Cheri Beasley sits at a table in a restaurant with potential supporters in Durham, NC. NC Democratic US Senate Candidate Cheri Beasley
Cheri Beasley, a Democratic US Senate candidate, speaks to potential voters in Durham, North Carolina. (Photo by Allison Lee Isley for The Washington Post via Getty Images)

The race is shaping up to be a battle between Trump and everyone else in North Carolina’s Republican Party. 

In the 2022 elections, North Carolina could help decide which party controls the US Senate, which means that who wins here could determine the future of voting rights, the fight against climate change and whether a woman gets to decide for herself whether or not to have a baby.

Sen. Richard Burr, a Republican from Winston Salem, is not seeking re-election, opening a frenzied race to replace him. The primary, when each party votes for who will represent it in the November general election, is on Tuesday, May 17, a week from tomorrow.  

Here’s a quick look at the candidates from both parties.

The differences between them is stark.

The Democrat to Beat

Cheri Beasley
Democratic U.S. Senate candidate Cheri Beasley, center, laughs with husband Curtis Owens, right, while son Matthew Owens, watches, before she speaks with reporters at the North Carolina State Fairgrounds in Raleigh, N.C., on Thursday, Feb. 24, 2022. (AP Photo/Gary D. Robertson)

There are numerous Democratic candidates, but Beasley, a former NC Supreme Court justice, is widely expected to be the nominee. She is one of the only candidates so far to release a detailed plan of both priorities and specific policy proposals to meet them.

Among other things, she has called for a national law securing the right for a woman to choose whether to have an abortion; pledged to expand access “to quality, affordable healthcare,” and voiced support for several of the provisions in President Biden’s bills or proposals to repair deteriorating infrastructure in the state and invest in renewable energy sources and decrease carbon emissions. 

Leading Republican Candidates

Ted Budd
In this Nov. 6, 2018 file photo, Rep. Ted Budd, R-NC, answers questions from the media at his election party in Bermuda Run, N.C. Budd is one of the leading Republicans in the US Senate primary this year. (AP Photo/Woody Marshall, File)

Abortion Rights: Both of the leading Republicans, US Rep. Ted Budd and Ex-Gov. Pat McCrory, oppose a woman’s right to choose and say the Supreme Court should overturn Roe. v. Wade.

Voting Rights: Though he eventually acknowledged that Biden won the election fair and square, Budd initially voiced support for former President Donald Trump’s completely false claims that the election had been stolen.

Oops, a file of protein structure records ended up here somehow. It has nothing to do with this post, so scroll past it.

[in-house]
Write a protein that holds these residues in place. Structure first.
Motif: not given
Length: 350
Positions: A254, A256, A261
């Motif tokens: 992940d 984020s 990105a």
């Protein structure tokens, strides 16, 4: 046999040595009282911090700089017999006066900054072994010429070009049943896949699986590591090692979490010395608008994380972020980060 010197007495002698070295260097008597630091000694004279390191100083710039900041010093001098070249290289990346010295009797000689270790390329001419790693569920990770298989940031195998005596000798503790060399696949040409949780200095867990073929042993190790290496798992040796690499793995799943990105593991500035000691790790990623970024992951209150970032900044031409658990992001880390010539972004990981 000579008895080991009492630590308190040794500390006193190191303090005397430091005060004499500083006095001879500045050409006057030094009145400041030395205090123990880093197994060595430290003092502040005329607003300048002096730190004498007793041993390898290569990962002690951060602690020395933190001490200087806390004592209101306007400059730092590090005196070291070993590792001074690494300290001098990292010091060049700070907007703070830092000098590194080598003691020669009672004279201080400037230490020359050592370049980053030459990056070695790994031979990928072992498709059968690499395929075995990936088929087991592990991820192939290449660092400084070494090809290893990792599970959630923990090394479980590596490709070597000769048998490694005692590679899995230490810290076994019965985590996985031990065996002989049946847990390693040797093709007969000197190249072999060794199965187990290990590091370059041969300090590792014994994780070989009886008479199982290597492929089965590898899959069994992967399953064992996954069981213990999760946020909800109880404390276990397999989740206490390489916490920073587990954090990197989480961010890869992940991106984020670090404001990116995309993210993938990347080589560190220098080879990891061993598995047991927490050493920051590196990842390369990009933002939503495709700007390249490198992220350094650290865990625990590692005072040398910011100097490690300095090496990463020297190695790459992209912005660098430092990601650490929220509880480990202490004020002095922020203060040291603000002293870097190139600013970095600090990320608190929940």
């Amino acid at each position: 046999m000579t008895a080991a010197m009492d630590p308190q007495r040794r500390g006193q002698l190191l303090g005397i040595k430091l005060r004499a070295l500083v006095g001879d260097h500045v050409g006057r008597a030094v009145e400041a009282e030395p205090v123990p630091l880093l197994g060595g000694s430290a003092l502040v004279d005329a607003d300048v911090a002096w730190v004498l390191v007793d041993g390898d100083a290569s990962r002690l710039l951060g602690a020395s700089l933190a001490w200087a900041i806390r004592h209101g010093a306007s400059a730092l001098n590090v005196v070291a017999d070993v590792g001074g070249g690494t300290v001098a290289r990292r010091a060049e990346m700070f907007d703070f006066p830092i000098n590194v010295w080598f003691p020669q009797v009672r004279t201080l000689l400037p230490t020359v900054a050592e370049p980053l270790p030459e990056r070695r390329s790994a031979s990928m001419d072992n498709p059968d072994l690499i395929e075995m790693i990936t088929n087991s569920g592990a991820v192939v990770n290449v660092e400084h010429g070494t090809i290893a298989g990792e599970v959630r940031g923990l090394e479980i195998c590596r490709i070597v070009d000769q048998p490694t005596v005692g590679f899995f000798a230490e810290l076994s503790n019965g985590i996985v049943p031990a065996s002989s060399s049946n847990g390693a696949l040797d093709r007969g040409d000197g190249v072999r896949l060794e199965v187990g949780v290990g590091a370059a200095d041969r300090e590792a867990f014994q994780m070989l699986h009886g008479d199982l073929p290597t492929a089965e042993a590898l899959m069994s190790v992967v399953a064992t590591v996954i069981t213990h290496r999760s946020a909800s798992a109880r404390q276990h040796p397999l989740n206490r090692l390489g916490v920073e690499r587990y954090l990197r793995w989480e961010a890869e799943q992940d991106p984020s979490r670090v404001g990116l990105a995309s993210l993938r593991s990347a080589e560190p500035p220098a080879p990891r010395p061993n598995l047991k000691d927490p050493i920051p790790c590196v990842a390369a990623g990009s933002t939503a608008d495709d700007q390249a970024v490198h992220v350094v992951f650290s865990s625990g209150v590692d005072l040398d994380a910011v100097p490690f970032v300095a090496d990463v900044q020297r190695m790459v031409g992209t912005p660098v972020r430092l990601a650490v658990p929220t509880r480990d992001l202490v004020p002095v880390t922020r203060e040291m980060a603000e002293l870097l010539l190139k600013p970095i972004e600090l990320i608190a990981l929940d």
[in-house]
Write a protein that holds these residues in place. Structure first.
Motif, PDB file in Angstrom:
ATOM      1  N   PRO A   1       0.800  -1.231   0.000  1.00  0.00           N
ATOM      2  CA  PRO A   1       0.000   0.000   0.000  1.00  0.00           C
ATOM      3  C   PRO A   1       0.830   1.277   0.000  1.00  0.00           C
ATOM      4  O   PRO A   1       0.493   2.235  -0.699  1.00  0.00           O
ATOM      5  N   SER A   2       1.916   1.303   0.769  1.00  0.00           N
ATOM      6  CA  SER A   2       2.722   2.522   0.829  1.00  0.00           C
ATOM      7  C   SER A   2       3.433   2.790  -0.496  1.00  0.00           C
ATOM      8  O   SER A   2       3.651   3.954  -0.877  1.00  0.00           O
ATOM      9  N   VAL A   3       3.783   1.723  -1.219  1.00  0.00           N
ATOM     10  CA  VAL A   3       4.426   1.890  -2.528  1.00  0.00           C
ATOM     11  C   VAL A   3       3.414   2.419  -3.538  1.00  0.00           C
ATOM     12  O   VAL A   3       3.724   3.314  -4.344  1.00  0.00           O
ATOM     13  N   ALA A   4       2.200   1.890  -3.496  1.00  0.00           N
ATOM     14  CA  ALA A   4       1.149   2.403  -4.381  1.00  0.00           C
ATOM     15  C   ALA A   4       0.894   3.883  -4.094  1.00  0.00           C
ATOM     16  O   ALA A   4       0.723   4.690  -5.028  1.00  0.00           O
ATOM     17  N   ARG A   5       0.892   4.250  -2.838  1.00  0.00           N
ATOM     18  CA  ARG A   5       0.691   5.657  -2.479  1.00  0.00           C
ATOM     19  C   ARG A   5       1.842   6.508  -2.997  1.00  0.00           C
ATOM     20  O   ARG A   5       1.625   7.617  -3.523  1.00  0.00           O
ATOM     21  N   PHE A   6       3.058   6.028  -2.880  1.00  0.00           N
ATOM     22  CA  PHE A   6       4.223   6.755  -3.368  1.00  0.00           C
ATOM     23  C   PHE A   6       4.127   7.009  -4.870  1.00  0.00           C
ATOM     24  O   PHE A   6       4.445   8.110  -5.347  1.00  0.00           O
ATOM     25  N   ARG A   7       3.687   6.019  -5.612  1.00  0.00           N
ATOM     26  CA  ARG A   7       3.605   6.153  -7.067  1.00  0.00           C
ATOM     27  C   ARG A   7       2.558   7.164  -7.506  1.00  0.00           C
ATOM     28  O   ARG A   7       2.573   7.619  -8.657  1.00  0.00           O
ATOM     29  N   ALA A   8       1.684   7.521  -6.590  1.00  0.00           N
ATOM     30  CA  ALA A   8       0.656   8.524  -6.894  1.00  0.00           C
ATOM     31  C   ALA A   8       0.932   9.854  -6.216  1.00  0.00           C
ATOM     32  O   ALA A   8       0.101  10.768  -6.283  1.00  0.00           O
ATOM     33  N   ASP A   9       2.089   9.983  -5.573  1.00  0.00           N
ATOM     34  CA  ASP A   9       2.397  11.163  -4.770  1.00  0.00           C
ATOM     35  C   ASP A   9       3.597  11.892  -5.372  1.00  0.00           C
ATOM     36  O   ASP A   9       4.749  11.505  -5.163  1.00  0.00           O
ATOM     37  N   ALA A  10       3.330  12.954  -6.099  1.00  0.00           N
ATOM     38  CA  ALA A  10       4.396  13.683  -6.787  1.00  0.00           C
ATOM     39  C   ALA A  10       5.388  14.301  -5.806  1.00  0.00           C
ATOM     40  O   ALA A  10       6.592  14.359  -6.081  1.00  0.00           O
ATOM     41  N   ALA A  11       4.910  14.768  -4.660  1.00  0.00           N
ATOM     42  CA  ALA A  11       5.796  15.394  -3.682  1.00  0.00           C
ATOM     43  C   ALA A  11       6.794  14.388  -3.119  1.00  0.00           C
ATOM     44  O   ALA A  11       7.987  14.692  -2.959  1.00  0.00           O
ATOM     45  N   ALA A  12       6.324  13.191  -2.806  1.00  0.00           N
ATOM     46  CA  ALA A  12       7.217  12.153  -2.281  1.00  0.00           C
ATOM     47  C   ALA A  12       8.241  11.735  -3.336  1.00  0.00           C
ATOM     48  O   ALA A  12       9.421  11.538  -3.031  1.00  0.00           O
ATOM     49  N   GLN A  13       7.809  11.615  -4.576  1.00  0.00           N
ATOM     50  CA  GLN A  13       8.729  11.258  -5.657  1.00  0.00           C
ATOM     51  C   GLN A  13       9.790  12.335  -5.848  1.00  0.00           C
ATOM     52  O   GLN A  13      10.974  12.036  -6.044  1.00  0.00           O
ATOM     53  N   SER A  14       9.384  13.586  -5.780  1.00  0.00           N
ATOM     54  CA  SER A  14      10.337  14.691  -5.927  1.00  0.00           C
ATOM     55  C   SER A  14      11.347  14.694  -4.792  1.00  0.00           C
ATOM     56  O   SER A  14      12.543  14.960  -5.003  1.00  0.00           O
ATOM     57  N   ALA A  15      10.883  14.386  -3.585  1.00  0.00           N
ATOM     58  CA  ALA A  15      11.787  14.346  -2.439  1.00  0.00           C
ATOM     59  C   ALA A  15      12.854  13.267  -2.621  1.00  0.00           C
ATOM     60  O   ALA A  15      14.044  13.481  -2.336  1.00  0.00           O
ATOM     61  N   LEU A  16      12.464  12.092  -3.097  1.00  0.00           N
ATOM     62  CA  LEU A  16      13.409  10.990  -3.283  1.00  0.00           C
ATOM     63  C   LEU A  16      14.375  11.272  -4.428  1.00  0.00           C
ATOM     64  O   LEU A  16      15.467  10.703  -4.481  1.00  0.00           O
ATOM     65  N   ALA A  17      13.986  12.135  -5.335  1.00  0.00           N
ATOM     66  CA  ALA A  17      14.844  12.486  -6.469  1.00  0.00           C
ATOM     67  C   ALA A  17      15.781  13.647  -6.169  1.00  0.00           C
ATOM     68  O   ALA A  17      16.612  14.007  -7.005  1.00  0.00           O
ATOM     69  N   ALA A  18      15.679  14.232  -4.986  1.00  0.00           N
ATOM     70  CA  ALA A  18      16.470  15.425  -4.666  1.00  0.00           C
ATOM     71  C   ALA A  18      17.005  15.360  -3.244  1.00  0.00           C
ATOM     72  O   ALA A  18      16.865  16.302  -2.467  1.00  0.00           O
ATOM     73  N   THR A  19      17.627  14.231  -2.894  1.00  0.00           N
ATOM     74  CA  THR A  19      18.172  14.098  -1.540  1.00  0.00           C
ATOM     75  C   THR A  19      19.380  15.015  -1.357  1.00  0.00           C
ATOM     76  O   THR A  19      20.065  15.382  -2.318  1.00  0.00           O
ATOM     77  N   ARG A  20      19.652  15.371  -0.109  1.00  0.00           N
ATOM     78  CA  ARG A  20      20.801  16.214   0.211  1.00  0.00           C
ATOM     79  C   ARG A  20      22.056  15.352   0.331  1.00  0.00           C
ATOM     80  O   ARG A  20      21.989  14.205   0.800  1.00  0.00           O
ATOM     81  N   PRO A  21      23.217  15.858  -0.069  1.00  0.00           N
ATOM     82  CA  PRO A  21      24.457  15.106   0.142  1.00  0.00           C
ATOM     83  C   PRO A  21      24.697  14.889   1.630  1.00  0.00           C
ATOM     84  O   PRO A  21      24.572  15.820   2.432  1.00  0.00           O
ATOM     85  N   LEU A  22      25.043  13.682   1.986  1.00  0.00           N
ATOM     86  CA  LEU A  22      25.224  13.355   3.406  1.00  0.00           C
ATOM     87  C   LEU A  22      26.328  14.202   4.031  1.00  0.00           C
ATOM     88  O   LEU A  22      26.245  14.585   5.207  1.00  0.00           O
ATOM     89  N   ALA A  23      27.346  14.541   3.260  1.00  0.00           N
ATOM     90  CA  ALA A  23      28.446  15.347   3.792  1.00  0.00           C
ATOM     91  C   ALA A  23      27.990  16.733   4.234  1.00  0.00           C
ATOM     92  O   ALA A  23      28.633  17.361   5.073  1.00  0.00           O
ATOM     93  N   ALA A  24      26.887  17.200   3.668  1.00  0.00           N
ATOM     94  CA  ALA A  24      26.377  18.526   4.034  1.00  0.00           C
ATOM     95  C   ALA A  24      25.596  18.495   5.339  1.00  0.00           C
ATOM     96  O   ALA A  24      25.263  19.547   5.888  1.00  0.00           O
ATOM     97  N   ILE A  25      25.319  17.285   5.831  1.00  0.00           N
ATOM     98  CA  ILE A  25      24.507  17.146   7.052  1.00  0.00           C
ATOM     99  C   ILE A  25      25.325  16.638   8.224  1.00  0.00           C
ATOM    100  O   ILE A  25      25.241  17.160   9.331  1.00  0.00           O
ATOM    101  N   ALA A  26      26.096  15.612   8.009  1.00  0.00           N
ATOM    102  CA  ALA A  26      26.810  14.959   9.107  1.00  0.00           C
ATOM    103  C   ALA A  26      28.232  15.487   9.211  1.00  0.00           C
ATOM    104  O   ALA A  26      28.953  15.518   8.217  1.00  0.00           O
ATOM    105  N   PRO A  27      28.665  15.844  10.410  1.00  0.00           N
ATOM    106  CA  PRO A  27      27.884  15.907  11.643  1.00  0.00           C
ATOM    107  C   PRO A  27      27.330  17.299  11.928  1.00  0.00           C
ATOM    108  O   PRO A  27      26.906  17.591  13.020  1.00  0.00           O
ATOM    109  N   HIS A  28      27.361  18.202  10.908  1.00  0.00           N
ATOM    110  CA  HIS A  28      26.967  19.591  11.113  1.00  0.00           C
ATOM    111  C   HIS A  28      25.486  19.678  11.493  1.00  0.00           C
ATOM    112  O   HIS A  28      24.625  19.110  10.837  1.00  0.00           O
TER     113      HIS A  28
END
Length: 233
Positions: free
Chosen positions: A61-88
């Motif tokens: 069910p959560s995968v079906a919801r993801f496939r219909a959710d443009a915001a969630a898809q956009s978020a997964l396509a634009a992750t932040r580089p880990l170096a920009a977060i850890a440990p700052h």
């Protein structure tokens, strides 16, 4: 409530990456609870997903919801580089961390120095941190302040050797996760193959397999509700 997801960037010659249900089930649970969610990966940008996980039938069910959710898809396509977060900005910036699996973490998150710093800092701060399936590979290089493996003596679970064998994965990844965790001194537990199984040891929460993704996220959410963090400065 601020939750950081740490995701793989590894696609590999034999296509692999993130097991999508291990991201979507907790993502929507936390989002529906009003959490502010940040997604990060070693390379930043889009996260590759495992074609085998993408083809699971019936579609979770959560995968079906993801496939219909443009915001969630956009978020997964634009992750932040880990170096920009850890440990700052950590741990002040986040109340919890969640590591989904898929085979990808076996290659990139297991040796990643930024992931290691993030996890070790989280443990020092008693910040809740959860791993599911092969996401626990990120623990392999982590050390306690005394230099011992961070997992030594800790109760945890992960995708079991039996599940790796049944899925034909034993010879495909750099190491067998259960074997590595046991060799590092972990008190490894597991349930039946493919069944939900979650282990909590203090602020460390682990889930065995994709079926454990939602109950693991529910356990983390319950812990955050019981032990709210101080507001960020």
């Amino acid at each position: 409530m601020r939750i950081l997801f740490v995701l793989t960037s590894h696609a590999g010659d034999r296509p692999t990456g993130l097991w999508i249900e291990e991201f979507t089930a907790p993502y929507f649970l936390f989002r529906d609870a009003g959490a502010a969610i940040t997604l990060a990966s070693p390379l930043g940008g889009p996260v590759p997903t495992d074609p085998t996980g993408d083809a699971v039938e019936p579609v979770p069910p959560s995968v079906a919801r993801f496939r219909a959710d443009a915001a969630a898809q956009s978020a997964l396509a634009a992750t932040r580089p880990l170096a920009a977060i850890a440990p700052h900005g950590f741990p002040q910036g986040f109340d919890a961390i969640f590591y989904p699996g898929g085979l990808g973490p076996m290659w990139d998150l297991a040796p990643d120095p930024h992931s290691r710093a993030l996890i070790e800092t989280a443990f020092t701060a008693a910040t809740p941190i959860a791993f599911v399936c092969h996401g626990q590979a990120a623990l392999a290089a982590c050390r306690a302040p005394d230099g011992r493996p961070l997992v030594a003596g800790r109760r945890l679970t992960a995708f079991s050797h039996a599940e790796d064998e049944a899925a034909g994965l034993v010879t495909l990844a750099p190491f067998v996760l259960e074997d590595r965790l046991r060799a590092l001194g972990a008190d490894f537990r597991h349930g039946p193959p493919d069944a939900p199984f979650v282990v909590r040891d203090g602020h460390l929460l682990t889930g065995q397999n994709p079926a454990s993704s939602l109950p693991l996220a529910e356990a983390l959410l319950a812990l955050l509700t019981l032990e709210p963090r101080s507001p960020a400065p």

Budd also voted against certifying the results of the election, and has dismissed the Jan. 6 insurrection as insignificant. Trump has endorsed Budd in the primary.

Both Budd and McCrory have backed voter ID laws that federal courts found to be intentionally discriminatory against North Carolinians of color. 

Climate Change: Though both candidates have avoided talking about the threat of climate change outright, they have been dismissive of or unresponsive to the widespread warnings from essentially every scientist that the world is heading toward an unsustainable future. They have resisted any notion of curbing fossil fuels and blocked or criticized any federal effort to fight climate change along the ways that the science says is urgently needed. 

Expanding Medicaid

McCrory blocked efforts to expand Medicaid while he was governor, and Budd has criticized efforts by Gov. Cooper to expand healthcare coverage to some 500,000 North Carolinians.

What Else You Should Know

McCrory, the former governor, made his name in 2016 for pushing what became known as the “bathroom bill.” The bill, House Bill 2, would have prevented transgender students from using the bathroom that aligns with their gender identity. The bill also prevented local governments from expanding their own protections for LGTBQ residents.

The bill was expected to cost the state nearly $4 billion in lost revenue from an assortment of corporate boycotts and entertainers and productions that said they would not travel to North Carolina if the bill stayed on the books.

When Gov. Roy Cooper, Democrat, was elected in 2016, he and the General Assembly reached an agreement to scrap that bathroom provision from the law and start over, though the resulting legislation still barred local governments from extending LGTBQ protections.

Though Budd and McCrory are in a fierce battle for the Republican nomination, there is very little daylight between their positions, as the Winston-Salem Journal pointed out last month. 

McCrory’s biggest attacks against Budd have been about Budd skipping the debates to attend large fundraisers.